Ask a cook if there's such a thing as too many cookbooks and here's the answer you'll get: "Never." That perspective comes in handy this time of year, when we're on the hunt for last-minute gifts and stocking-stuffers.

Good thing it's been another banner year for cookbooks, with more than a dozen top-shelf offerings from local authors alone. But it's a big, delicious world, and there are titles to fit every type of personality, cuisine and cooking method. Here are a handful of titles to consider for both well seasoned cooks and bakers or those just starting out. And while you're at your favorite bookstore, don't forget to pick up one for yourself. Remember, you can never have too many.

For 'Great British Baking Show' fans

The judges of the hit show have been busy during the offseason. Prue Leith just released "Bliss on Toast," which has 75 recipes ranging from simple to challenging. Toast can be anything from multigrain bread to panettone and naan in this book, which is colorful and genteel, much like you'd imagine Prue to be. (Bloomsbury, $26)

Paul Hollywood goes back to the basics in "Bake: My Best Ever Recipes for the Classics." Cakes, cookies, scones, pastries, pies, desserts — the longtime baking pro offers his tips and tricks to them all. Start simple (Victoria Sandwich) and work your way through more complex recipes (croissants) — all will be deserving of Hollywood's signature handshake. (Bloomsbury, $40)

And Edd Kimber, the show's inaugural winner, wrote and photographed "Small Batch Bakes," which is a brilliant book filled with recipes for one to six people, including one for an emergency chocolate chip cookie. Plus he has an affinity for our homegrown Nordic Ware. What's not to love? (Kyle Books, $23)

For the practical cook

Rare is the cook who hasn't encountered the red-and-white plaid tome "Better Homes and Gardens New Cookbook." This year it turned 100, and celebrated with a spiffy update. It's still an expert guide on how to cook, but with fresh takes, more pictures, current trends, customizable meals and many meatless offerings. The only thing missing: It's no longer in binder form. An essential for everyone's collection. (IPG Publishing, $35)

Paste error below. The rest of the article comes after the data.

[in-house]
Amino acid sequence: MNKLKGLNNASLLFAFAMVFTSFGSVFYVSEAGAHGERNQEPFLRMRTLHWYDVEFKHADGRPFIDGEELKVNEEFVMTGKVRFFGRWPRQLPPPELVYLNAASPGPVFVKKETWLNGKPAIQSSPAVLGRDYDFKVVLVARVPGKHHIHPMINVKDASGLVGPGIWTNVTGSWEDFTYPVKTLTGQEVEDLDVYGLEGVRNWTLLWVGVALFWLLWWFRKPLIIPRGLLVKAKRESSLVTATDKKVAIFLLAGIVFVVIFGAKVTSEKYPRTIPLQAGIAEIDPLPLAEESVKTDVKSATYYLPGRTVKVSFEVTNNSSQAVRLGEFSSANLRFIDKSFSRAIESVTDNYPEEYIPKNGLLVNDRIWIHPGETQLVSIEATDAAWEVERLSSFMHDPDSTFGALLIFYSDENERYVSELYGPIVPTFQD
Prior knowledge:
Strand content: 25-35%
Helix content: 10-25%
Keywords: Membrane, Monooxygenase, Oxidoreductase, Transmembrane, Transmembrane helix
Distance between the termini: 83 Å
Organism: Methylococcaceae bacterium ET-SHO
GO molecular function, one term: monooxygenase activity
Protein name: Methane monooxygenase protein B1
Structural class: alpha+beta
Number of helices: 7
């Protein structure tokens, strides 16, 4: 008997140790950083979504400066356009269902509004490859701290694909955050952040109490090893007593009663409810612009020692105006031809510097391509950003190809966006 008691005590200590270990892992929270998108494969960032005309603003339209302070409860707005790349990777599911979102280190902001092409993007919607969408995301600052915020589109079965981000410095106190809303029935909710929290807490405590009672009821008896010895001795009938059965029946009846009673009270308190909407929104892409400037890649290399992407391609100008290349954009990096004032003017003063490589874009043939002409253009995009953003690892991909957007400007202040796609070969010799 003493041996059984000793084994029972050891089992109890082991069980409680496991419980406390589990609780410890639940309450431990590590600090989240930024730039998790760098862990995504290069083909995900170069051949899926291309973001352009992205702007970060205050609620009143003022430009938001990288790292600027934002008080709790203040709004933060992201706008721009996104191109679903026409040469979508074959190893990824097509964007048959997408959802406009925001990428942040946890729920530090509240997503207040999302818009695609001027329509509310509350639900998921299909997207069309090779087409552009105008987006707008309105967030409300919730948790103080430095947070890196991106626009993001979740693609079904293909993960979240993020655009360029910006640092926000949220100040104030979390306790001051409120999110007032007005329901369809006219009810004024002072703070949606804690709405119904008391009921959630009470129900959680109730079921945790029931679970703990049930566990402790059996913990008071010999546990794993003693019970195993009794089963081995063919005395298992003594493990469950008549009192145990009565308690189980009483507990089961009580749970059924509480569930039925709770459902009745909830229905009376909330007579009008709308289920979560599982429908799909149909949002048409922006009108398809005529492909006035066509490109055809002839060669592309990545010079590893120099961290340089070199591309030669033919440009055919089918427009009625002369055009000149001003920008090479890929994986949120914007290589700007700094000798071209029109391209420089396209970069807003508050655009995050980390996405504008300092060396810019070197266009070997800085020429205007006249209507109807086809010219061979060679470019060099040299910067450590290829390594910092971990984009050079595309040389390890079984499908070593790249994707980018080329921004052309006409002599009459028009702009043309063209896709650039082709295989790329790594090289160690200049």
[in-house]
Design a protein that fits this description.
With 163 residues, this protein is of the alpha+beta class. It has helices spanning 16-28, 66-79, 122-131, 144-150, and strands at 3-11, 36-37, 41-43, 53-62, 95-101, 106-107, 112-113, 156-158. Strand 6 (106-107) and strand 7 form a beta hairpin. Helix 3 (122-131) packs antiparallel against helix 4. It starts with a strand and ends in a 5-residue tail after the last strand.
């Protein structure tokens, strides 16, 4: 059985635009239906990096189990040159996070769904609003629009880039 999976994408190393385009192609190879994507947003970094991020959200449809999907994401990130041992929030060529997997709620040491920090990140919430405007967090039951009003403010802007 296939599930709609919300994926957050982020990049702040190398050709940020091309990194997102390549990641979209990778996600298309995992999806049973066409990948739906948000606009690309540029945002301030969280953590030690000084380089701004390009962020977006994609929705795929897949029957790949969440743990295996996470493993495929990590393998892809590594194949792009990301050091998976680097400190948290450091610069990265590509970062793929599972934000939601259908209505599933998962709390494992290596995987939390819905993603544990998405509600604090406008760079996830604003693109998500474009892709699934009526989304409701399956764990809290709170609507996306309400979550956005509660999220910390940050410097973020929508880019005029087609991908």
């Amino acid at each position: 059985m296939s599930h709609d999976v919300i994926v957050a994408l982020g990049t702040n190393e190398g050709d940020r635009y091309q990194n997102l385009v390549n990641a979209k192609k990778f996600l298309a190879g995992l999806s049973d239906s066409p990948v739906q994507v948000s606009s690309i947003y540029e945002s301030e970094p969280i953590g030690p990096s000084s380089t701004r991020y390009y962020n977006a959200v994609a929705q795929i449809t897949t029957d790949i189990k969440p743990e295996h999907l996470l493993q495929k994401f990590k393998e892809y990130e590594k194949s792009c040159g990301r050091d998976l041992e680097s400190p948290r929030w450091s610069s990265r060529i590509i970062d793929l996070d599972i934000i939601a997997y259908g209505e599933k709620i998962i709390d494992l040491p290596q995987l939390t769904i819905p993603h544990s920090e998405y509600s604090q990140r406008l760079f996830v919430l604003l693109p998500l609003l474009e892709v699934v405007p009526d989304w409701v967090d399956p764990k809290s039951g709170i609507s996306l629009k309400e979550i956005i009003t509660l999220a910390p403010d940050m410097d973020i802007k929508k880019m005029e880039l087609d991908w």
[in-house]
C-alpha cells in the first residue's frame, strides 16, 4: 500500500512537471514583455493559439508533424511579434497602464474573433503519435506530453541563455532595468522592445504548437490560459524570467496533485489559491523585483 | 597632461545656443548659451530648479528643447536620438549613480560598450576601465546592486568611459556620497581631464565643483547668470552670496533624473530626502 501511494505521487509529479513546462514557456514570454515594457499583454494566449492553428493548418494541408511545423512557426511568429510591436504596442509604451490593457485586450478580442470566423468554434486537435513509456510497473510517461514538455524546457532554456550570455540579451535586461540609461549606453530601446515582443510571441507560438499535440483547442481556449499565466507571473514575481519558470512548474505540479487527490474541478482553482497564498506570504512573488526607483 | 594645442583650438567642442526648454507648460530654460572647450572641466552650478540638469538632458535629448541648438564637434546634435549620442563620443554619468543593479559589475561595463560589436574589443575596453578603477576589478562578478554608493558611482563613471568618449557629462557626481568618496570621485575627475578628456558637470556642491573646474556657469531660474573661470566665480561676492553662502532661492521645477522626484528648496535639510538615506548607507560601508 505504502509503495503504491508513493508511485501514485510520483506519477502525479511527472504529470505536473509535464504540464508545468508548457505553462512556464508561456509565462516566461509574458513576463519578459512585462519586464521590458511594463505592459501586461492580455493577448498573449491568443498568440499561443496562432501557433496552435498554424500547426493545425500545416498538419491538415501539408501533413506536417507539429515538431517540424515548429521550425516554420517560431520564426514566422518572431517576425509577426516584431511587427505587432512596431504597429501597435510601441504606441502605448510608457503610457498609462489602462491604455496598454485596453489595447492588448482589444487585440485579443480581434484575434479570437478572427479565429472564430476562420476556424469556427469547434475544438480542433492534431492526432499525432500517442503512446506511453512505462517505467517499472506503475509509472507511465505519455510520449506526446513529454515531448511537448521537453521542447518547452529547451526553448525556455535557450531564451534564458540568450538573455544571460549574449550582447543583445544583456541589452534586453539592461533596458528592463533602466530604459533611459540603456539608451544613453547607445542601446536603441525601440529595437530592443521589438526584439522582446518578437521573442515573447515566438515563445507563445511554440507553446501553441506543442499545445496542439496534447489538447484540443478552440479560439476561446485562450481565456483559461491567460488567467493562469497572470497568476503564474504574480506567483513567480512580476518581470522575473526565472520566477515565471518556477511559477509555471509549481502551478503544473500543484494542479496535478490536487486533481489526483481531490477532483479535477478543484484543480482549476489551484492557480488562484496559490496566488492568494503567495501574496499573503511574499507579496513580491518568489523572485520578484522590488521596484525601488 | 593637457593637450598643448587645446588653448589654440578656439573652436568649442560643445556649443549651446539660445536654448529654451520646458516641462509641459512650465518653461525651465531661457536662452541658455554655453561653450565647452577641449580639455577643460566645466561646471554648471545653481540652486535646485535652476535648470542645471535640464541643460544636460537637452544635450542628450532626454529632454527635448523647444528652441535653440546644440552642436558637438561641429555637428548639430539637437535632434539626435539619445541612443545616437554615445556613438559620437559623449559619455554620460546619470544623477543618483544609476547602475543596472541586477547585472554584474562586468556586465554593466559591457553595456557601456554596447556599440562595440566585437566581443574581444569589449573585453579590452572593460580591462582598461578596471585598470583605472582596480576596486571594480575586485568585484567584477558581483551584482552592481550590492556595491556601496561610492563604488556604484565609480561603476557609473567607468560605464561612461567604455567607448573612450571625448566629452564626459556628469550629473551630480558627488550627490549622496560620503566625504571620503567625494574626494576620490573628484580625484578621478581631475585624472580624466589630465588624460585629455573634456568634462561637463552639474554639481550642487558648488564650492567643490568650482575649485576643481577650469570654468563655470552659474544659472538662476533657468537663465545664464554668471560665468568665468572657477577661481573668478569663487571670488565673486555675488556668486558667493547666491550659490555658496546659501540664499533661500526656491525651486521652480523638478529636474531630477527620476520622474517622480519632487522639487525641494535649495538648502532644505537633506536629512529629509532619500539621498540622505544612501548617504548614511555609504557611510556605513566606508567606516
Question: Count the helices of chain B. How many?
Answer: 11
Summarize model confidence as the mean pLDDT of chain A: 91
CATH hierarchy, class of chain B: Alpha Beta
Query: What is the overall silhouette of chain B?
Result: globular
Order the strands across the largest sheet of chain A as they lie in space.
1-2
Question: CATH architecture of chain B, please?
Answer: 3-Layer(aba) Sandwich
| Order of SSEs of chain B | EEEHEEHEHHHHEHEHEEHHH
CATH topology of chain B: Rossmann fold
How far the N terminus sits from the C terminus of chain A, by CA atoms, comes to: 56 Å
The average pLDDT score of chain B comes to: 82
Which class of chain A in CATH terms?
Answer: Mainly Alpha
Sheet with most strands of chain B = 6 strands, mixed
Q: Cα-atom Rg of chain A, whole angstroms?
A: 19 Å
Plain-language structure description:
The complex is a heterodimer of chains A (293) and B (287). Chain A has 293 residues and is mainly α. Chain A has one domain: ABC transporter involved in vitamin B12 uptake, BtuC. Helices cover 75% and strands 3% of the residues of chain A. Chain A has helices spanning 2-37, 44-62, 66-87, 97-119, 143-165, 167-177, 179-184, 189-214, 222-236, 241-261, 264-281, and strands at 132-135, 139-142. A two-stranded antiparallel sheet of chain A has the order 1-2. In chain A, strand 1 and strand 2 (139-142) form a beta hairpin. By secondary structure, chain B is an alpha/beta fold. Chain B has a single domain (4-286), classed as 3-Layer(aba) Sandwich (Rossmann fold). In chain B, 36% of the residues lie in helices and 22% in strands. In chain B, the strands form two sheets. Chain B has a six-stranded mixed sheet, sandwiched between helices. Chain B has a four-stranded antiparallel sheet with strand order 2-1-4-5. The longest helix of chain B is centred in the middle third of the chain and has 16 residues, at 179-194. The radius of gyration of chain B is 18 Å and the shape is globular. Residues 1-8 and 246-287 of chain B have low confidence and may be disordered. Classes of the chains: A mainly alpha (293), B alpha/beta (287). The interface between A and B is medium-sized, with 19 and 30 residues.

With all eyes on food prices, these two cookbooks came at a perfect time. The always-reliable America's Test Kitchen's "The Complete Modern Pantry" has more than 350 recipes and thorough instructions on how to best stock a pantry (including a "freezer pantry") for today's recipes, what never to throw out (pickle juice) with pantry improv lessons sprinkled throughout. This is one to savor, even for experienced cooks. (America's Test Kitchen, $35)

"Cook What You Have" from Milk Street's Christopher Kimball applies the same logic but raises the bar — and gives the contents of your pantry a serious upgrade. A handy recipe breakdown by ingredient opens the book, which is helpful when you're looking for ways to use the six cans of black beans in your cupboard. We have yet to be disappointed by a Milk Street book, and this is no exception. (Voracious, $35)

The appetite for one-pot recipes isn't waning, and the New York Times' Melissa Clark enters the fray with "Dinner in One." The "one" can be sheet pans, skillets, Dutch oven, casseroles, multicookers and more, giving cooks plenty of variety without being beholden to a single cooking method. With ideas for pastas, breakfast, dessert and tips on how to add more vegetables to recipes or how to give them a "vegan upgrade," this is one you'll turn to time and time again. (Clarkson Potter, $30)

For your favorite baker